Edward II succeeded his tyrannical father Edward I to the English throne in July 1307. An inherently weak king, Edward lacked his father’s appetite and flair for war while he suffered at Court from political infighting and poor advisers.
His invasion of Scotland in 1314 was forced upon him by the foolhardy ultimatum presented to England by Edward Bruce, King Roberts’s brother: either relieve the besieged English-held Stirling Castle or surrender it to the Scots. While ha had no will to respond to the challenge, he had even less choice in accepting it.
Edward’s approach to Bannockburn was riddled with as much self doubt as his desire not to be there. Almost inevitably, his tactical incompetence surrendered the huge numerical advantage he had and hastened his defeat. On the second day of battle and reading the runes, he fled the battlefield under the protection of Aymer de Valence and Richard de Burgh, father of Bruce’s wife Elizabeth.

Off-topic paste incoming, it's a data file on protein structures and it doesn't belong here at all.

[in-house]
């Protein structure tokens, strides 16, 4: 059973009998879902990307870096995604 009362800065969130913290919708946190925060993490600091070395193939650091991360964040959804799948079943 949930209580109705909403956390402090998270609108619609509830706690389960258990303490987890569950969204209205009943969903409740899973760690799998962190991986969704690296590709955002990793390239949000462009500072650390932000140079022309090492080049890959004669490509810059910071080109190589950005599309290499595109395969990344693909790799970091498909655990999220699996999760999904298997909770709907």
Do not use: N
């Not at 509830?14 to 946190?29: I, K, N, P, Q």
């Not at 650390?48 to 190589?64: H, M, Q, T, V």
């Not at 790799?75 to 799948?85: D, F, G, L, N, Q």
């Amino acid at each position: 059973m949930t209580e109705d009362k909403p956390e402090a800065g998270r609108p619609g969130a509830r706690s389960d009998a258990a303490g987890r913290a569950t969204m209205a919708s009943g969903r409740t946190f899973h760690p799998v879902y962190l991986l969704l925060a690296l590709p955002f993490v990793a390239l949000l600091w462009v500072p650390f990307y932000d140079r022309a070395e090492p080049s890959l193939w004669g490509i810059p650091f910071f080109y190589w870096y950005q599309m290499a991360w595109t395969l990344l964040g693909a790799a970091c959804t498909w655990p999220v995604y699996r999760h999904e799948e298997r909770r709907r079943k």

The defeat at Bannockburn demonstrated Edward was no worthy successor to his father and further losses at the hands of the Scots during their successful campaigns against the north of England in following years, weakened his monarchy even further. Edward eventually suffered deposition and arrest, and was imprisoned at Berkeley Castle, one of the English rooks in this set. Although he escaped briefly, he was recaptured only to die there in suspicious circumstances in September 1327.